Imagine if President Lyndon B. Johnson had run for a second term in 1968. Then imagine that Johnson kept complaining at rallies that the public was paying too much attention to the carnage in Vietnam. Would it have helped him?
President Donald Trump's fiery wreck of a COVID-19 political narrative continues to burn as the election clock ticks down. Last Sunday Mark Meadows, the White House chief of staff, delivered a sad declaration of surrender.
"We are not going to control the pandemic. We are going to control the fact that we get vaccines, therapeutics and other mitigation areas," Meadows said, "because it is a contagious virus, just like the flu."
The approach from the top is to remain equivocal about masks, social distancing, limited crowd sizes and other preventive measures while sniping at local governments that enforce federally-approved health guidelines.
Wait for vaccines and medicines, the White House seems to suggest.And deny all deficiencies in the administration's response to the pandemic.
"The Fake News Media is riding COVID, COVID, COVID, all the way to the Election," Trump complained this week. "Losers!"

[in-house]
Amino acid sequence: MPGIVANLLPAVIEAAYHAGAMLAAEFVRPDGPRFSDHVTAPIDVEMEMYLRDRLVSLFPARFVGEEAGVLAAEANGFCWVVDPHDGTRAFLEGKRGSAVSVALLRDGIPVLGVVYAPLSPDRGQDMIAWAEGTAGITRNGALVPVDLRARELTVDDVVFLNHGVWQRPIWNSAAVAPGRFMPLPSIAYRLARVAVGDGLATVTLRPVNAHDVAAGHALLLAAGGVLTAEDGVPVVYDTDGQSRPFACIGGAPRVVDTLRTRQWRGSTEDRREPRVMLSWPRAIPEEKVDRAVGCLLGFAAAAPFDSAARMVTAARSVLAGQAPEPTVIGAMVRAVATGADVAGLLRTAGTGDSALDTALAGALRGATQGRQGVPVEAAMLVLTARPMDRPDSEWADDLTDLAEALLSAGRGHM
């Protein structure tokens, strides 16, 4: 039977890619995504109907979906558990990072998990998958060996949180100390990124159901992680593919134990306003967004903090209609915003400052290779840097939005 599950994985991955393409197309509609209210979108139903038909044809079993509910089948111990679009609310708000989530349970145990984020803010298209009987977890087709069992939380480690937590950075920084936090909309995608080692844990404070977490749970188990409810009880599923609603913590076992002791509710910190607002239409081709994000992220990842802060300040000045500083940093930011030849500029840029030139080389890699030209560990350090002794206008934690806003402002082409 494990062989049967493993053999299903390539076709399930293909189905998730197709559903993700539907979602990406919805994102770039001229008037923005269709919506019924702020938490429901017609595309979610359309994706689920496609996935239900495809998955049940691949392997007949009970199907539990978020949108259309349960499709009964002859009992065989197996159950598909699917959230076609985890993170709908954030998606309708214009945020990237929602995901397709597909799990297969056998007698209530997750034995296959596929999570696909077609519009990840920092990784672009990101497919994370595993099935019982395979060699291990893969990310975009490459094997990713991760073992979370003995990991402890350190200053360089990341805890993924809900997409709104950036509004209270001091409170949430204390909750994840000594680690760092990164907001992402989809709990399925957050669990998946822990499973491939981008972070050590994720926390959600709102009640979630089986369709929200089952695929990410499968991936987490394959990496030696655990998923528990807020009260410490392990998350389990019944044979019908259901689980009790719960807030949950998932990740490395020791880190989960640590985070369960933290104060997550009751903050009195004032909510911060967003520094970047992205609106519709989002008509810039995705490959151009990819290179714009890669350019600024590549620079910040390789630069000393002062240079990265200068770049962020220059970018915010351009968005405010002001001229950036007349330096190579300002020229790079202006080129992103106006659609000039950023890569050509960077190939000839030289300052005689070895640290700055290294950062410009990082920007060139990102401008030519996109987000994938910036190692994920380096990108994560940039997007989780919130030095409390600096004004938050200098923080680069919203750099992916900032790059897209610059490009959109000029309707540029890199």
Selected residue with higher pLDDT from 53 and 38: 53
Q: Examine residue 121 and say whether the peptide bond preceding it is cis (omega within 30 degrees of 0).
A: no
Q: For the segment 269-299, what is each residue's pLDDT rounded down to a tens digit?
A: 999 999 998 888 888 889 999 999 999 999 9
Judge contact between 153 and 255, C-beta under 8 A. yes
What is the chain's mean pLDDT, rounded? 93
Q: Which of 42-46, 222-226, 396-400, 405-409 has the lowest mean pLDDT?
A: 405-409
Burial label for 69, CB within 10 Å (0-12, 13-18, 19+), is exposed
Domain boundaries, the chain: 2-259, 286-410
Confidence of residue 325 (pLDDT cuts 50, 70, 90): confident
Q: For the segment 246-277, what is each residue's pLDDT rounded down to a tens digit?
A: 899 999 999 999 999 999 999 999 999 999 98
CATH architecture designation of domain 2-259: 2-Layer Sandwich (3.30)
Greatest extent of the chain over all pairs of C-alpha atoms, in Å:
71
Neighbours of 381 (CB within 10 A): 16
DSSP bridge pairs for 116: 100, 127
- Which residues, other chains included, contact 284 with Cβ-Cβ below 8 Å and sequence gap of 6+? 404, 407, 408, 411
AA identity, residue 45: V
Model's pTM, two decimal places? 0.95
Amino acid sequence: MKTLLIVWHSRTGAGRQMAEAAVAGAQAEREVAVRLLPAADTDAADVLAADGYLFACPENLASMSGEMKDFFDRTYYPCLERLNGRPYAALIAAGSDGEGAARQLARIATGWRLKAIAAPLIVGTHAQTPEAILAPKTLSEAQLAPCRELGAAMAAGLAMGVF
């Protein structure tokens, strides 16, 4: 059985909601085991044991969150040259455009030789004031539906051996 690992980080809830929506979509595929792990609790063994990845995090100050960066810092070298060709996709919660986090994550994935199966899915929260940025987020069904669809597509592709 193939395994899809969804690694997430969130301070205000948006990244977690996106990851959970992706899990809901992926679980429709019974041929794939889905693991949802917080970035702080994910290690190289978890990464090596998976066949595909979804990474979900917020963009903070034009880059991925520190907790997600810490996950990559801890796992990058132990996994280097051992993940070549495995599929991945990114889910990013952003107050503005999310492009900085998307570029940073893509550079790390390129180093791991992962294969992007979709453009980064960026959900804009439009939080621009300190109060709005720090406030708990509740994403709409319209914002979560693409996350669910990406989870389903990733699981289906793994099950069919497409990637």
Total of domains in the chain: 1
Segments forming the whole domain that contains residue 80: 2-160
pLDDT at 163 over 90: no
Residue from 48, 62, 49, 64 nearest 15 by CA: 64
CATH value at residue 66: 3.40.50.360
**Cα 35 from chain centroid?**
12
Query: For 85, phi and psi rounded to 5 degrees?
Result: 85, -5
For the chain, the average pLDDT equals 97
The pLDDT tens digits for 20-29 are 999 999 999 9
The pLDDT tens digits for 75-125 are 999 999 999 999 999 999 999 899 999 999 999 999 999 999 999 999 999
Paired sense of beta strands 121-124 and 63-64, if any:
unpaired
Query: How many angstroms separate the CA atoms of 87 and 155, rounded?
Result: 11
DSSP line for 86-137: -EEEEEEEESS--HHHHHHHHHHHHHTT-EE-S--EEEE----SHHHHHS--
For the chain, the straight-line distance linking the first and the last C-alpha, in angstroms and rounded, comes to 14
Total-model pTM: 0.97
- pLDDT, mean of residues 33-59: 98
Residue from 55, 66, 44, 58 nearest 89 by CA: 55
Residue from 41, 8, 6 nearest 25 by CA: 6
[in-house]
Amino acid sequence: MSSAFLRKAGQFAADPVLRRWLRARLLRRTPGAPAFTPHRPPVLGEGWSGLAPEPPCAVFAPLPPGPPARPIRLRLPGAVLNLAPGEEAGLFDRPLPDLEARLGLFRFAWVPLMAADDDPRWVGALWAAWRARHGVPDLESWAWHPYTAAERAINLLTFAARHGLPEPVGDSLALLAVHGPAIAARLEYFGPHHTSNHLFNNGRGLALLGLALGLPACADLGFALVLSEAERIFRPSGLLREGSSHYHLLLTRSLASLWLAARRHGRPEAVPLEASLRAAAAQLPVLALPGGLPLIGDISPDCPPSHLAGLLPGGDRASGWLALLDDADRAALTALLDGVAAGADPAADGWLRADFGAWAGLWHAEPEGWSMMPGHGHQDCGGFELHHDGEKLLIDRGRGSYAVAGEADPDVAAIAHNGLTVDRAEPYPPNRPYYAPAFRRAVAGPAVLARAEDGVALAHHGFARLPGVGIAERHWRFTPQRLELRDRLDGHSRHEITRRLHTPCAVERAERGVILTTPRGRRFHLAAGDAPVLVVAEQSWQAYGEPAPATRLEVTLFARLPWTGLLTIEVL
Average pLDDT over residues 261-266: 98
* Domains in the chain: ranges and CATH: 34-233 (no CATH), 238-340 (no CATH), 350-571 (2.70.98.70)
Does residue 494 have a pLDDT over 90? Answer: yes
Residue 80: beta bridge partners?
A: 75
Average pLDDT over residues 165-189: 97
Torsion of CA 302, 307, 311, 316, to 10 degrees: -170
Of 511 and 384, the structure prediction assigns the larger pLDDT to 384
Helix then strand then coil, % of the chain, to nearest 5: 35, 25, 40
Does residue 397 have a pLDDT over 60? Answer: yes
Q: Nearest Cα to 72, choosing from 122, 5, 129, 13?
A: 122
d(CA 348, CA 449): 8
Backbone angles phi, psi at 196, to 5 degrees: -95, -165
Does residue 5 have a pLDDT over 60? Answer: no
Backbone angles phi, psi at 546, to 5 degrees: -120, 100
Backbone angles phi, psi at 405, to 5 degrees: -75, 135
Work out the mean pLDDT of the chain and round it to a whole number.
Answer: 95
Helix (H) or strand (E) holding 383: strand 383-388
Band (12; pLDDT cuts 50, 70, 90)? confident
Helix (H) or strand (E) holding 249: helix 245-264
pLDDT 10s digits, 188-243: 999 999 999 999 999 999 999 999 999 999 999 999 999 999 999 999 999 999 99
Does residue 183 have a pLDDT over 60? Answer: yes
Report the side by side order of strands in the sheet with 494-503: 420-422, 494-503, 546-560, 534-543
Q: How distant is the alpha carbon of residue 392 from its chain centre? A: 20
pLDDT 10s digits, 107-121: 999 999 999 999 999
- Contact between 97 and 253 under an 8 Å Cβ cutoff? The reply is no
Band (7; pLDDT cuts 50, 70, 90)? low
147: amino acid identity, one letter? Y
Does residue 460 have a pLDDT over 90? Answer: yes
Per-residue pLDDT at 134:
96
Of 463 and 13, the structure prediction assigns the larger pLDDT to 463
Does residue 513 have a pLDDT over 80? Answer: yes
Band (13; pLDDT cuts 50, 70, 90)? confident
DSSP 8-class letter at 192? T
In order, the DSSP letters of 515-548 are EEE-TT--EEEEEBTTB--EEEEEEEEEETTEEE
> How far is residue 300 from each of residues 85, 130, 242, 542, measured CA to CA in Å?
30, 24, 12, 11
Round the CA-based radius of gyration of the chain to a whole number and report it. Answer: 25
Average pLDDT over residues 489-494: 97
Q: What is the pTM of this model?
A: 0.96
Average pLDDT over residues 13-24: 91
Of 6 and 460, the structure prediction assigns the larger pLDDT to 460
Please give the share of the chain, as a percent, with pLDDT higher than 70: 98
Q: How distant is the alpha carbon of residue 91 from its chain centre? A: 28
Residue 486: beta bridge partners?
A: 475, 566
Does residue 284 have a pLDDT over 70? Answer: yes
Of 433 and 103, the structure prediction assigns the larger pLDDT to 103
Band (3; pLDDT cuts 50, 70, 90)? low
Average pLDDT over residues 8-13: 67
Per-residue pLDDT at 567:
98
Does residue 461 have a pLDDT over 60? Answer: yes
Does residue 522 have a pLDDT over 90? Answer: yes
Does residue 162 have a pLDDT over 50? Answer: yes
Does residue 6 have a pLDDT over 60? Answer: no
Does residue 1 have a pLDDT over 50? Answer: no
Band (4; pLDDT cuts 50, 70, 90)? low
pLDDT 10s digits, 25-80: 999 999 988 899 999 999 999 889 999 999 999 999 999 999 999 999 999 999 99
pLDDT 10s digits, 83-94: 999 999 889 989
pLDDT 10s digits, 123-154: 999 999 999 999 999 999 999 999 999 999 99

Meadows' passive remarks were reminiscent of predecessor Mick Mulvaney's admission last year that the White House held up military aid to Ukraine because of Trump's wish for officials there to announce a criminal probe of U.S. Democrats.
Contrary to the president's posturing, the facts were plain, then as now.
Six months earlier, John Kelly, Trump's previous chief of staff, said in a public appearance that building a border wall "from sea to shining sea" would be a "waste of money." Now the project remains bogged down, marred by a private-fundraising scandal.
All over the electoral map, the coronavirus news is disturbing. On Tuesday, for example, the battleground state of Wisconsin broke its daily record for COVID-19 deaths (64) and new cases (5,262).
"It’s a nightmare scenario, frankly, that this could get quite a bit worse in the next several weeks or months before it gets better," Dr. Ryan Westergaard, of the state's health department, told reporters.
Cases are spiking elsewhere in the Midwest. Across the U.S. on Tuesday, 983 new coronavirus deaths and 74,410 new cases were reported. In most states, the average number of people hospitalized with COVID-19 rose by more than 5% in the past week.
"We are at another critical point in the pandemic response," said Adm. Dr. Brett Giroir, assistant secretary of health in the Trump administration.
The stories Trump has told about COVID-19 are now ash. His chatter about an "Easter miracle," chloroquine hopes, hot-weather relief and bleach-cure buzz all have come and gone.
As of Wednesday, the national body count had risen past 227,000. Sadly, no corner has turned. The "COVID, COVID, COVID" plague goes on. That is the true arc of Trump's story.